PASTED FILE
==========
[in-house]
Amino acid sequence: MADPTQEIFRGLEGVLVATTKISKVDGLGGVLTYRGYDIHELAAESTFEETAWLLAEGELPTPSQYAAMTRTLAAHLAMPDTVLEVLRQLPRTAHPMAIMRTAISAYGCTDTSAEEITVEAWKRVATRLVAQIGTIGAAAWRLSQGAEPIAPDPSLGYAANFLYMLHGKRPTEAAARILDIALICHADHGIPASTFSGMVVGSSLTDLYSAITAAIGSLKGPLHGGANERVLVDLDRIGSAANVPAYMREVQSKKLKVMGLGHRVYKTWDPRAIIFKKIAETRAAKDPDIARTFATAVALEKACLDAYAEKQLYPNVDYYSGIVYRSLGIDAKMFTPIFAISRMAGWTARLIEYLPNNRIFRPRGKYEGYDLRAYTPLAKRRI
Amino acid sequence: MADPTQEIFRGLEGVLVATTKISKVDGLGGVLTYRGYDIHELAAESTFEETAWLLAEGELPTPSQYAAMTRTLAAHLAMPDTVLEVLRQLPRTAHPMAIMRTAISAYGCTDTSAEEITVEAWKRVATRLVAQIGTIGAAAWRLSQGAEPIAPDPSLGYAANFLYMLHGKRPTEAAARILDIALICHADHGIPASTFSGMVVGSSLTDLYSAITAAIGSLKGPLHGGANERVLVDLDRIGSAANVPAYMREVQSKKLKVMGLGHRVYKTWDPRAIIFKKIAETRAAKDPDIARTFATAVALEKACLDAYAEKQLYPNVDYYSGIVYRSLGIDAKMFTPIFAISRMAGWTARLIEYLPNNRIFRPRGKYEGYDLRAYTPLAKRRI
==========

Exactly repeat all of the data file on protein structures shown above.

[in-house]
Amino acid sequence: MADPTQEIFRGLEGVLVATTKISKVDGLGGVLTYRGYDIHELAAESTFEETAWLLAEGELPTPSQYAAMTRTLAAHLAMPDTVLEVLRQLPRTAHPMAIMRTAISAYGCTDTSAEEITVEAWKRVATRLVAQIGTIGAAAWRLSQGAEPIAPDPSLGYAANFLYMLHGKRPTEAAARILDIALICHADHGIPASTFSGMVVGSSLTDLYSAITAAIGSLKGPLHGGANERVLVDLDRIGSAANVPAYMREVQSKKLKVMGLGHRVYKTWDPRAIIFKKIAETRAAKDPDIARTFATAVALEKACLDAYAEKQLYPNVDYYSGIVYRSLGIDAKMFTPIFAISRMAGWTARLIEYLPNNRIFRPRGKYEGYDLRAYTPLAKRRI
Amino acid sequence: MADPTQEIFRGLEGVLVATTKISKVDGLGGVLTYRGYDIHELAAESTFEETAWLLAEGELPTPSQYAAMTRTLAAHLAMPDTVLEVLRQLPRTAHPMAIMRTAISAYGCTDTSAEEITVEAWKRVATRLVAQIGTIGAAAWRLSQGAEPIAPDPSLGYAANFLYMLHGKRPTEAAARILDIALICHADHGIPASTFSGMVVGSSLTDLYSAITAAIGSLKGPLHGGANERVLVDLDRIGSAANVPAYMREVQSKKLKVMGLGHRVYKTWDPRAIIFKKIAETRAAKDPDIARTFATAVALEKACLDAYAEKQLYPNVDYYSGIVYRSLGIDAKMFTPIFAISRMAGWTARLIEYLPNNRIFRPRGKYEGYDLRAYTPLAKRRI